According to a study from Autism Speaks, the average age of autism diagnosis in the U.S. is 5 years (for boys) and 5.06 for girls. While this is still a relatively young age, and some individuals do not receive a formal diagnosis for autism or related conditions until adulthood, studies have found that autism can “reliably be diagnosed by a specialist at age 2.”


This is known as early intervention – and it is something that is widely considered to be beneficial for both the individual affected and their families.

Early intervention is key when it comes to autism | The Pittsburgh Jewish  Chronicle

What is Early Intervention?

Early intervention occurs when a child with autism or a related disorder receives a formal diagnosis before preschool age. This way, specific intervention strategies can be put in place to reduce the symptoms of autism or its impact on the child’s life moving forward.

What limits Early Intervention?

The primary reason why some children do not receive a diagnosis early in life is because their parents are unaware of the symptoms of autism. As a result, while they may display certain behaviors characteristic of autism during infancy, such as avoiding eye contact, they may not reach out to discuss this with a healthcare provider until a much later stage in their child’s development.

What are the benefits of Early Intervention?

As mentioned above, there are many benefits associated with early intervention when it comes to managing autism and related disorders.


Firstly, “in this period, a young child’s brain is still forming, meaning it is more “plastic” or changeable than at older ages. Because of this plasticity, treatments have a better chance of being effective in the longer term.” As such, it can be a great way to limit the impact that autism has on your child’s life, as they can develop a wide range of coping mechanisms and tactics at a time when they are most susceptible to learning or change.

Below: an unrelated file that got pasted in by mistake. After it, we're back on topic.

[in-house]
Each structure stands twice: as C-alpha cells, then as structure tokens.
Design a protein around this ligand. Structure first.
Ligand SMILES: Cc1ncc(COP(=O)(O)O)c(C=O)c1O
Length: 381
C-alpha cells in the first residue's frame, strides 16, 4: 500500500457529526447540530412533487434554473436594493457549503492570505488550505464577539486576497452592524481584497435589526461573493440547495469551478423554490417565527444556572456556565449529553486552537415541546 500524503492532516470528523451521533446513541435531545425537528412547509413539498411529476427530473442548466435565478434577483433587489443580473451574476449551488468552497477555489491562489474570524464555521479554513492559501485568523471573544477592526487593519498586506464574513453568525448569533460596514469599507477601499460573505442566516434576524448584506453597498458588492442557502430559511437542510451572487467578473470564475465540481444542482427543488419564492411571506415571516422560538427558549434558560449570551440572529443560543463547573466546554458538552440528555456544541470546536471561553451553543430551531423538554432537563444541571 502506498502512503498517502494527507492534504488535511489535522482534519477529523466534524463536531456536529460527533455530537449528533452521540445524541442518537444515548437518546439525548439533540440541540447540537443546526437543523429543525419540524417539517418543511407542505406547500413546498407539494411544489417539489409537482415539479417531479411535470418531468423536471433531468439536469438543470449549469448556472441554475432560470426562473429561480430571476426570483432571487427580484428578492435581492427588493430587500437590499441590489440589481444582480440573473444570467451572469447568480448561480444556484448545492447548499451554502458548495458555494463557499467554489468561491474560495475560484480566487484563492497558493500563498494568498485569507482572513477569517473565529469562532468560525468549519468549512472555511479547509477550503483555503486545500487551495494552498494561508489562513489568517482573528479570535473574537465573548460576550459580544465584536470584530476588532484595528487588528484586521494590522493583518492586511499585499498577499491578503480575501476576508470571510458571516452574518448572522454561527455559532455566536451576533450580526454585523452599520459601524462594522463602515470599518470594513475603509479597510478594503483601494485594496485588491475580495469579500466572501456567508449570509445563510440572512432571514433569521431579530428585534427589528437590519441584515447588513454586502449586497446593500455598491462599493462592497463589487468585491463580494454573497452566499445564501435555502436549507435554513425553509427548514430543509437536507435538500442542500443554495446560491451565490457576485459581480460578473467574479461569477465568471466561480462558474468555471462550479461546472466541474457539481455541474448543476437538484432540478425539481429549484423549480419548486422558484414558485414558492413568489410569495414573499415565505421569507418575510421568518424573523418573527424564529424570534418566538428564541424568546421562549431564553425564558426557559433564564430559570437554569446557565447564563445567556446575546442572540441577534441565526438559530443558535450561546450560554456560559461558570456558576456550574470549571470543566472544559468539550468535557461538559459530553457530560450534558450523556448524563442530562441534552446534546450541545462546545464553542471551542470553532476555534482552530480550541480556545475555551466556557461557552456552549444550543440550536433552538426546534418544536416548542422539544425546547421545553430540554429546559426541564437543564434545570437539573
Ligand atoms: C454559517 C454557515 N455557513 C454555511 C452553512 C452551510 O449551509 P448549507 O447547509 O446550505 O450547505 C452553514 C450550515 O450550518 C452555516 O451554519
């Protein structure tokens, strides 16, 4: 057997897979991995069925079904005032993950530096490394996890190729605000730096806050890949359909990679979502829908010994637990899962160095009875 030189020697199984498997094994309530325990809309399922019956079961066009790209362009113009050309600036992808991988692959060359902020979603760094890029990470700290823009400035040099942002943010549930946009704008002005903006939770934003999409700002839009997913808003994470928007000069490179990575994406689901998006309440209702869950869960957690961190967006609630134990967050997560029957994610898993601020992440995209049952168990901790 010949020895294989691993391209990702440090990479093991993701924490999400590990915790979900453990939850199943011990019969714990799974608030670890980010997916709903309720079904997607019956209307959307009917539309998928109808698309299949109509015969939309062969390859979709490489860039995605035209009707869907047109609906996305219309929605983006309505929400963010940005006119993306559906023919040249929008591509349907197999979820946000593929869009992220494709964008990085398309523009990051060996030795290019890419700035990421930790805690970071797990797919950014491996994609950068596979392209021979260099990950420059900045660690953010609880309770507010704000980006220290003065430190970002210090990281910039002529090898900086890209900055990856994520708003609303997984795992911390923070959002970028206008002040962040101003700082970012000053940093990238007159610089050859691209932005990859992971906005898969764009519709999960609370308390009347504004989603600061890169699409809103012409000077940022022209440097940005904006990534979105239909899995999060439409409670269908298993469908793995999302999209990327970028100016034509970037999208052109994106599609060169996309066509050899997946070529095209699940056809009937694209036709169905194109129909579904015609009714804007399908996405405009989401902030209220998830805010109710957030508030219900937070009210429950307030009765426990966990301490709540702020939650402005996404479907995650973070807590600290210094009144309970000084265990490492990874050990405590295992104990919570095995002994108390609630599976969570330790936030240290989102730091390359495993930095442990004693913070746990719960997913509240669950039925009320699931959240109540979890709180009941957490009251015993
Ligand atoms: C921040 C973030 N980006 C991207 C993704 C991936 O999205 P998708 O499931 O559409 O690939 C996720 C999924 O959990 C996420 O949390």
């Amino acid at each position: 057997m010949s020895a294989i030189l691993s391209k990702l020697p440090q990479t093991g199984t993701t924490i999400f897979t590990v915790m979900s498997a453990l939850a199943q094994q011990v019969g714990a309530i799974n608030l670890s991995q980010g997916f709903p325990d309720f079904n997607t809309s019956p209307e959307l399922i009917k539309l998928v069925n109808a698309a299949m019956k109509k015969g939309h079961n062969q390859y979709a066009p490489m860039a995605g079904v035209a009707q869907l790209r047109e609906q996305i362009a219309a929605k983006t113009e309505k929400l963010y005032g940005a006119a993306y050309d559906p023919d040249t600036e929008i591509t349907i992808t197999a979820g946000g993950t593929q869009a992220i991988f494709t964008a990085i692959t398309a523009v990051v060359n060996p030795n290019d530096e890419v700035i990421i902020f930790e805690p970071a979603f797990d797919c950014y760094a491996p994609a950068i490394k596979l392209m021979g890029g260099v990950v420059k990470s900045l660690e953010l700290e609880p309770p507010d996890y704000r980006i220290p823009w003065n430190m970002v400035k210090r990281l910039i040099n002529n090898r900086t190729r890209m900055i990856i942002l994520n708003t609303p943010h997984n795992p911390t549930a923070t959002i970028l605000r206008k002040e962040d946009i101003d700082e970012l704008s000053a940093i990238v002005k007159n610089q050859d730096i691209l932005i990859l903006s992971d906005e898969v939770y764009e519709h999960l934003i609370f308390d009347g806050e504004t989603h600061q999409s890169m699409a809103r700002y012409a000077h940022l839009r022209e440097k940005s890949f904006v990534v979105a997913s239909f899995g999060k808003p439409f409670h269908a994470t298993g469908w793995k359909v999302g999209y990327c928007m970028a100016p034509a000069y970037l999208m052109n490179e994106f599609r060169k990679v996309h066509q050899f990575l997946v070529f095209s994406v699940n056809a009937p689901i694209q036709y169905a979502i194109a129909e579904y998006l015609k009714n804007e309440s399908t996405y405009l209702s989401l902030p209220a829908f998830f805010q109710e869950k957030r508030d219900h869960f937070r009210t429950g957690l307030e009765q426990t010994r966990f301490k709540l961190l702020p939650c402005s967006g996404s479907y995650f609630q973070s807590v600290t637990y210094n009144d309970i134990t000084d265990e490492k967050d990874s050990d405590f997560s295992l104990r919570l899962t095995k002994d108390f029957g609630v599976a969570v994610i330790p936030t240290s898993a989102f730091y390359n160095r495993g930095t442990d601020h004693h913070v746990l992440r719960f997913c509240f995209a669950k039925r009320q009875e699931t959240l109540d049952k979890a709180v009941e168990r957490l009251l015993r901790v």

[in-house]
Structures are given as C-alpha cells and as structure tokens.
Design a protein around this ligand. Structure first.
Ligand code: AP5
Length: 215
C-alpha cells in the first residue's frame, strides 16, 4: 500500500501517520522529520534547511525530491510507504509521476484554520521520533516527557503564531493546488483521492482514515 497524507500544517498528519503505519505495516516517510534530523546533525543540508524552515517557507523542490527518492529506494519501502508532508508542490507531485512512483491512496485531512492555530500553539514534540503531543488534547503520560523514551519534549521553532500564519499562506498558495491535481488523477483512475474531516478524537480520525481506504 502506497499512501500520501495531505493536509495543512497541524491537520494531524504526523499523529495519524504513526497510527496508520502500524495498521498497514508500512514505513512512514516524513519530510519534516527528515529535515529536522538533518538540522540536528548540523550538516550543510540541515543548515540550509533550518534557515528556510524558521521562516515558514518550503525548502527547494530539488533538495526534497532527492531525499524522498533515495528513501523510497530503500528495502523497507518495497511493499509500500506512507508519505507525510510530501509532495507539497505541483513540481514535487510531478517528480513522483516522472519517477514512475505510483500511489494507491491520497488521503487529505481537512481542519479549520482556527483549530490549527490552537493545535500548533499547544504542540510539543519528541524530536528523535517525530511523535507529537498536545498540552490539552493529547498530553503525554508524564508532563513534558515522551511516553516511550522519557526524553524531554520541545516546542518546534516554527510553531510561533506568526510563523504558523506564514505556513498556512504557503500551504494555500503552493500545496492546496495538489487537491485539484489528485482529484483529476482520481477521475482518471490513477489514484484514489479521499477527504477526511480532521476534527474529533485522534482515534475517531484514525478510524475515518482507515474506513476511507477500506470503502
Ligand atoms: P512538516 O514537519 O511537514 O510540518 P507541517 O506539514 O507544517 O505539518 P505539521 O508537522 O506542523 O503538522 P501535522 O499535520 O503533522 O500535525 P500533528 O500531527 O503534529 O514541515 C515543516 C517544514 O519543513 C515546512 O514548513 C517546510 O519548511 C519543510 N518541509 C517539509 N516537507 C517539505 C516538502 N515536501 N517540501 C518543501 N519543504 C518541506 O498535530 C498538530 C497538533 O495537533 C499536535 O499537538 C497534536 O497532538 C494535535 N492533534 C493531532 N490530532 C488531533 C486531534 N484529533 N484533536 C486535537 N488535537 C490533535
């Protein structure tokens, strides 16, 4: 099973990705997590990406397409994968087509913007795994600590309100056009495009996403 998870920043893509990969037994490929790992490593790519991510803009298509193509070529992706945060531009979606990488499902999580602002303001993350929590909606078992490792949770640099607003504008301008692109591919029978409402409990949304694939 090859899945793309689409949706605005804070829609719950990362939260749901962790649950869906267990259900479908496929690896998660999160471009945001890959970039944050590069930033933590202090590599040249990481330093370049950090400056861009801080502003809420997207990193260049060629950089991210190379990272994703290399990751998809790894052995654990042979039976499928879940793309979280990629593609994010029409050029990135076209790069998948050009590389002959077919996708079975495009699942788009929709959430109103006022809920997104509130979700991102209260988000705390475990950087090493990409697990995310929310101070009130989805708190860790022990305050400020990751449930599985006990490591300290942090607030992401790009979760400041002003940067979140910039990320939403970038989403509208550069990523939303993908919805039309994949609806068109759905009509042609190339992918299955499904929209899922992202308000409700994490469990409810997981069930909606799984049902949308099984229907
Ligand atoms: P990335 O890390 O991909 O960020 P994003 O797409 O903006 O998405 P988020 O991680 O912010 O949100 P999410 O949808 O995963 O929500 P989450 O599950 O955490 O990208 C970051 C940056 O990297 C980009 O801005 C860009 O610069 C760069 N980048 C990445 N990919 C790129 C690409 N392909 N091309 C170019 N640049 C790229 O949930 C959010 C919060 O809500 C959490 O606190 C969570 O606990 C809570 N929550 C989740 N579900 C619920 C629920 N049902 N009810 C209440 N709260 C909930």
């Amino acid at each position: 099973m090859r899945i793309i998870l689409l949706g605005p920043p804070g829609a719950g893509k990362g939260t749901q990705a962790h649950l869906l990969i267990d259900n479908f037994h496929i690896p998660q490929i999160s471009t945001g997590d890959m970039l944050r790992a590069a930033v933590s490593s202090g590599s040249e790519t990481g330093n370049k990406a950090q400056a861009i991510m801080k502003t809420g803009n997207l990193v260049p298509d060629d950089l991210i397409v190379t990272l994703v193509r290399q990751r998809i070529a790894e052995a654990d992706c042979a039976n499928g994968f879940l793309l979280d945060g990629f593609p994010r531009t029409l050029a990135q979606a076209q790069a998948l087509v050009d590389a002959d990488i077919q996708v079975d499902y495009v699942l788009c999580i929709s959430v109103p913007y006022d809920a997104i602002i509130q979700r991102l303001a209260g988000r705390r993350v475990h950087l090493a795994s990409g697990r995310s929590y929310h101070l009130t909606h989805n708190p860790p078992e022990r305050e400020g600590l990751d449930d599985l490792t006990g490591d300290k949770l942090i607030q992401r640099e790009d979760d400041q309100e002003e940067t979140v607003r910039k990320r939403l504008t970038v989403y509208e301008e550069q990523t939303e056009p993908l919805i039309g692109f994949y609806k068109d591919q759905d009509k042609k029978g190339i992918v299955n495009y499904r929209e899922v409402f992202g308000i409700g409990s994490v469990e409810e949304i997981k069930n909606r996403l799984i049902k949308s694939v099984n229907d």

Another (often overlooked) benefit of early intervention is that it enhances the entire family’s understanding of autism, how it works, and how it manifests in each individual person. After all, you may be more likely to research autism after your child is diagnosed. This will allow you to build a strong support network for your child while also ensuring everyone in your family understands their needs.


Beyond this, early intervention means that you can enlist the support of a therapist, who will also help make your child’s day-to-day life easier, be that through speech therapy, occupational therapy, or ABA (Applied Behavioral Analysis). This way, when your child is ready to start school, they’re better equipped to handle these challenges and keep up with their neurotypical peers.


At Alee Behavioral, we have years of experience in supporting children with autism and related disorders and offer a range of in-person and online therapy services. If you’d like to learn more, please do not hesitate to get in touch today.


We look forward to hearing from you and would be happy to answer any questions you may have.

Any questions? Give us a call!


© Alee Behavioral Healthcare. All Rights Reserved.We respect your privacy and assure you that your information will be kept confidential.

Educational Staffing